Questions About Vehicles
Which cars are available now and are more coming?
The Hyundai Tucson Fuel Cell, Toyota Mirai, and Honda Clarity are available at select dealerships in California. Mercedes has announced that a fuel cell plug-in, the GLC F-CELL car coming in 2017, but hasn’t released details yet.
If a customer orders a car today, what is the wait time to get the car?
It varies by vehicle and location, but in many cases the cars are in stock at the dealership.
Are the cars mostly from foreign car makers? Assembled here in USA? What about the American car companies?
GM, Nissan, and Volkswagen and the previously mentioned automakers are all CaFCP members. Most build their fuel cell vehicles in overseas factories, but do much of their R&D in the US as well as other countries. Honda and GM announced in January that they will build a factory to manufacture fuel cells in Michigan.
Joe showed a chart that displays the FCEV sales and lease numbers. Is it possible breakdown the cars by Northern and Southern California?
Hybridcars.com provides a monthly sales dashboard of all alternative vehicles, but doesn’t offer geographic details. The Clean Vehicle Rebate Project provides a heat map of rebates for ZEVs, but doesn’t differentiate between plug-ins and fuel cells. At this point, we don’t know the distribution of FCEVs. (OEMs would have this information but most likely will keep it internal.)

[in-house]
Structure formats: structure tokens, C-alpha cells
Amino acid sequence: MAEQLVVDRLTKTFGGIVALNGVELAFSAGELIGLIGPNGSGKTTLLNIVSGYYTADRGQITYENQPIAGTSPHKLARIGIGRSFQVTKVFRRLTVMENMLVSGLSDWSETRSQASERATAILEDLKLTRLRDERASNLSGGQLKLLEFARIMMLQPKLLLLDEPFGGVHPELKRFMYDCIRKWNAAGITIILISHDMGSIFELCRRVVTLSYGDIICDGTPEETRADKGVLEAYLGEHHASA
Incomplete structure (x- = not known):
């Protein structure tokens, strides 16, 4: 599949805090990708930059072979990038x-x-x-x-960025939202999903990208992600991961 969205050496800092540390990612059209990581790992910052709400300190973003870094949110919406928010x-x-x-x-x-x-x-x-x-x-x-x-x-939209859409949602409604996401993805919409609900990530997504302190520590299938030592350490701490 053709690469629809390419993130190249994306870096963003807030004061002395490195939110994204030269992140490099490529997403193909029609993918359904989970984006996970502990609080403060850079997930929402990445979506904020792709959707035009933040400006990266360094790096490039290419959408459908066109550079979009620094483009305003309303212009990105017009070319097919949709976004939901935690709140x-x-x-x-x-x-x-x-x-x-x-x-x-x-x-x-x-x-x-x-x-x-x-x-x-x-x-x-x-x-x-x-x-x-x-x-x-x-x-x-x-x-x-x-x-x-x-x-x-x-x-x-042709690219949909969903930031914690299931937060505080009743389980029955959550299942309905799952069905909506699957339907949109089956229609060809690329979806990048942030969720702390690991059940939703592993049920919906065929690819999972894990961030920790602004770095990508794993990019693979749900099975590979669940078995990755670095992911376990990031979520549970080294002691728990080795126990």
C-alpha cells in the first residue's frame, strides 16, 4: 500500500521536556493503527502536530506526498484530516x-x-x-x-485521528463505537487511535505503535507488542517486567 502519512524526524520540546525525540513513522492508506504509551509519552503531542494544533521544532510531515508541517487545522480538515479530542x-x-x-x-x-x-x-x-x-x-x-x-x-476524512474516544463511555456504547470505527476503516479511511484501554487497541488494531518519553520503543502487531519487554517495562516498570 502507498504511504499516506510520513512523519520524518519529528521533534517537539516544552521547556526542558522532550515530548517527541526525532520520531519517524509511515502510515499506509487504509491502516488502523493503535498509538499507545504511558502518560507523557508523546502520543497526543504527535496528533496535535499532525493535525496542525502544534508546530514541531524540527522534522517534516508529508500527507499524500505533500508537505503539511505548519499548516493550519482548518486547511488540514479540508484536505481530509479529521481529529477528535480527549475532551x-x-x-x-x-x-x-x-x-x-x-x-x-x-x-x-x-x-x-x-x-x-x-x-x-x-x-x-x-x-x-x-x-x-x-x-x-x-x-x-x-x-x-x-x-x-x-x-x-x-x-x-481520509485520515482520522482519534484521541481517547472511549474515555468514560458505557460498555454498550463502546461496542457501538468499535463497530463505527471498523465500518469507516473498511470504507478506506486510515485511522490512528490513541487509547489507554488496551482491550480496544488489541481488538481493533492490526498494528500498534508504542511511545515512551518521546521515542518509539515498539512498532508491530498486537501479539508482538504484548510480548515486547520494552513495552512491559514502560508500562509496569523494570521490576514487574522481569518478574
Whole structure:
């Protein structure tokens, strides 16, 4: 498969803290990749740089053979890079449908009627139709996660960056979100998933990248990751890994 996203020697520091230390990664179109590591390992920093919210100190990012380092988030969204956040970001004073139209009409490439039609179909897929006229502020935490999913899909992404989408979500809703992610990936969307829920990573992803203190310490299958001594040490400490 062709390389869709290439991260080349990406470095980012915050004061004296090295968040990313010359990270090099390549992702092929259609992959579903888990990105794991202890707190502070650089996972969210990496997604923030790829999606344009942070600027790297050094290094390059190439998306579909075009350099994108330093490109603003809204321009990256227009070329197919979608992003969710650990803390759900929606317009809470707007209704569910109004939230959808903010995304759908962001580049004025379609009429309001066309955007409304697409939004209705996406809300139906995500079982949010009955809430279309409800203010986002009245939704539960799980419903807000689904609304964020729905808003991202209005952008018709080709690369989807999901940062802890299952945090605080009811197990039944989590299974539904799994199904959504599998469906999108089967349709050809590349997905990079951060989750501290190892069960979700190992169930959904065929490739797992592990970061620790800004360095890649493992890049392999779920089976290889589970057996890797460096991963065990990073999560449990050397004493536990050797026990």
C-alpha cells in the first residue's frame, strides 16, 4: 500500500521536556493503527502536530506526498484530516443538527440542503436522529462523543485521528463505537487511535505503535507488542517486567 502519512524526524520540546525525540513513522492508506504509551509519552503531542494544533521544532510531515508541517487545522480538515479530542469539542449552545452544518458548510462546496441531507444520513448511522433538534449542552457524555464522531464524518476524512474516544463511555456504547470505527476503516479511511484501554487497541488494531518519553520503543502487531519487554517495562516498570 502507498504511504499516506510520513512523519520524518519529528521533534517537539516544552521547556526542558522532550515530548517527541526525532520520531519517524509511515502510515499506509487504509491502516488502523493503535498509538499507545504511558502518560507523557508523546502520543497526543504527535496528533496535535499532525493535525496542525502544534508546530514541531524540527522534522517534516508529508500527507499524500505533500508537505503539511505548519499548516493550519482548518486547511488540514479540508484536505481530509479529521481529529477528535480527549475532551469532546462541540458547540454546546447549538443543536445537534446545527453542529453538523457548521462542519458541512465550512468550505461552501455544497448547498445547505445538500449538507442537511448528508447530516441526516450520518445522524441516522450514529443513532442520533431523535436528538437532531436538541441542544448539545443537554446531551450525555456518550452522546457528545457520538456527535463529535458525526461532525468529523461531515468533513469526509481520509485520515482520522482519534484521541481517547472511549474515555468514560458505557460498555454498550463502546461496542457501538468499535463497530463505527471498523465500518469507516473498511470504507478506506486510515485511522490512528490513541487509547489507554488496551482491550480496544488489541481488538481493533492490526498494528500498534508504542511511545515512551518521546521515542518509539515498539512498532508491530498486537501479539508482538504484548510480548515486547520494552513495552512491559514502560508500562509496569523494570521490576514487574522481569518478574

Questions About Fueling with Hydrogen
How long does fueling take?
Filling a car with compressed gaseous hydrogen takes less than five minutes. Watch our short video to see how to fuel a car.
What is the difference between H35 and H70?
The numbers refer to pressure. H35 is 35 megaPascals (5,000 psi) and H70 is 70 megaPascals (10,000 psi). When the current batch of stations were funded, some FCEVs could only use the lower pressure fuel. Now all cars operate at H70 and the new stations may not offer H35 fueling.
How much does the fuel cost?